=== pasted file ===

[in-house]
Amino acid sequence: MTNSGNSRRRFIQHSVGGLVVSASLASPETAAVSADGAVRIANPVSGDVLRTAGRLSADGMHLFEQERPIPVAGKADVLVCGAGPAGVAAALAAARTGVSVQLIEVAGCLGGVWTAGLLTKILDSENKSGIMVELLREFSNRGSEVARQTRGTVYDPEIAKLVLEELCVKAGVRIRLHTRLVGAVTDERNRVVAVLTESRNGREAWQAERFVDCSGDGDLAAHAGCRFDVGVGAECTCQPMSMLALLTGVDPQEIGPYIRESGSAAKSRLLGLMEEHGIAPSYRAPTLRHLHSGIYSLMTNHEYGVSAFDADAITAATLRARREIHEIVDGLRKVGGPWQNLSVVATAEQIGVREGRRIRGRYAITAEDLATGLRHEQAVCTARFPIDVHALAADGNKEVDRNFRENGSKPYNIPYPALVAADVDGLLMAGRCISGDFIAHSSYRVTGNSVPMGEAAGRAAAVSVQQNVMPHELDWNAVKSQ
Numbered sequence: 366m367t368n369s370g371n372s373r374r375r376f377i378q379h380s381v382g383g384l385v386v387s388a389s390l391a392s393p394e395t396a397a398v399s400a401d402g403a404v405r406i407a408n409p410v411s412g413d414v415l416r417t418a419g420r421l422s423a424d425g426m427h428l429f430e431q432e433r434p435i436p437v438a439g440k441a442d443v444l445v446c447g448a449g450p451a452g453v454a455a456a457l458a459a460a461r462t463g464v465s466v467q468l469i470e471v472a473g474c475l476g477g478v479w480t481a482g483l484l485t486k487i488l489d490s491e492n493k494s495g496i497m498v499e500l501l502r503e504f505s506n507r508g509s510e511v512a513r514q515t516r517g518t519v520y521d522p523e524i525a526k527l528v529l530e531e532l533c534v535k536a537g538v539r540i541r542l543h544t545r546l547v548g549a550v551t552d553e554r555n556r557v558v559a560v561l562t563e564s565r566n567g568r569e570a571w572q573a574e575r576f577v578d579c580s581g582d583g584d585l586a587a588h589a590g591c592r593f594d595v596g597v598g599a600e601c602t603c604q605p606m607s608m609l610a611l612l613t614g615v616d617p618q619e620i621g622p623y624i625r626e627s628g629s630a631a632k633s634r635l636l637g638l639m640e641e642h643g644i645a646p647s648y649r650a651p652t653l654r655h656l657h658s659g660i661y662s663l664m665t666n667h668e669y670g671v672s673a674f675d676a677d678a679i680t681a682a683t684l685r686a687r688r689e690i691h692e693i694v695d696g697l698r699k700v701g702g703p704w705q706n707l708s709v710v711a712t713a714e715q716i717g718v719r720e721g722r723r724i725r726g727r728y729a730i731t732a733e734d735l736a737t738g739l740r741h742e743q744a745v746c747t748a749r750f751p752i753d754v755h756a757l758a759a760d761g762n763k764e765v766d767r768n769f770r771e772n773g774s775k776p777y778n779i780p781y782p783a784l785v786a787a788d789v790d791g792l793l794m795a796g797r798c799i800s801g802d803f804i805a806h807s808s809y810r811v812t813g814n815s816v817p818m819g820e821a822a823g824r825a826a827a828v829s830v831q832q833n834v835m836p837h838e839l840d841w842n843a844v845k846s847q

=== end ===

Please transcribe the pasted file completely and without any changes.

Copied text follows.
[in-house]
Amino acid sequence: MTNSGNSRRRFIQHSVGGLVVSASLASPETAAVSADGAVRIANPVSGDVLRTAGRLSADGMHLFEQERPIPVAGKADVLVCGAGPAGVAAALAAARTGVSVQLIEVAGCLGGVWTAGLLTKILDSENKSGIMVELLREFSNRGSEVARQTRGTVYDPEIAKLVLEELCVKAGVRIRLHTRLVGAVTDERNRVVAVLTESRNGREAWQAERFVDCSGDGDLAAHAGCRFDVGVGAECTCQPMSMLALLTGVDPQEIGPYIRESGSAAKSRLLGLMEEHGIAPSYRAPTLRHLHSGIYSLMTNHEYGVSAFDADAITAATLRARREIHEIVDGLRKVGGPWQNLSVVATAEQIGVREGRRIRGRYAITAEDLATGLRHEQAVCTARFPIDVHALAADGNKEVDRNFRENGSKPYNIPYPALVAADVDGLLMAGRCISGDFIAHSSYRVTGNSVPMGEAAGRAAAVSVQQNVMPHELDWNAVKSQ
Numbered sequence: 366m367t368n369s370g371n372s373r374r375r376f377i378q379h380s381v382g383g384l385v386v387s388a389s390l391a392s393p394e395t396a397a398v399s400a401d402g403a404v405r406i407a408n409p410v411s412g413d414v415l416r417t418a419g420r421l422s423a424d425g426m427h428l429f430e431q432e433r434p435i436p437v438a439g440k441a442d443v444l445v446c447g448a449g450p451a452g453v454a455a456a457l458a459a460a461r462t463g464v465s466v467q468l469i470e471v472a473g474c475l476g477g478v479w480t481a482g483l484l485t486k487i488l489d490s491e492n493k494s495g496i497m498v499e500l501l502r503e504f505s506n507r508g509s510e511v512a513r514q515t516r517g518t519v520y521d522p523e524i525a526k527l528v529l530e531e532l533c534v535k536a537g538v539r540i541r542l543h544t545r546l547v548g549a550v551t552d553e554r555n556r557v558v559a560v561l562t563e564s565r566n567g568r569e570a571w572q573a574e575r576f577v578d579c580s581g582d583g584d585l586a587a588h589a590g591c592r593f594d595v596g597v598g599a600e601c602t603c604q605p606m607s608m609l610a611l612l613t614g615v616d617p618q619e620i621g622p623y624i625r626e627s628g629s630a631a632k633s634r635l636l637g638l639m640e641e642h643g644i645a646p647s648y649r650a651p652t653l654r655h656l657h658s659g660i661y662s663l664m665t666n667h668e669y670g671v672s673a674f675d676a677d678a679i680t681a682a683t684l685r686a687r688r689e690i691h692e693i694v695d696g697l698r699k700v701g702g703p704w705q706n707l708s709v710v711a712t713a714e715q716i717g718v719r720e721g722r723r724i725r726g727r728y729a730i731t732a733e734d735l736a737t738g739l740r741h742e743q744a745v746c747t748a749r750f751p752i753d754v755h756a757l758a759a760d761g762n763k764e765v766d767r768n769f770r771e772n773g774s775k776p777y778n779i780p781y782p783a784l785v786a787a788d789v790d791g792l793l794m795a796g797r798c799i800s801g802d803f804i805a806h807s808s809y810r811v812t813g814n815s816v817p818m819g820e821a822a823g824r825a826a827a828v829s830v831q832q833n834v835m836p837h838e839l840d841w842n843a844v845k846s847q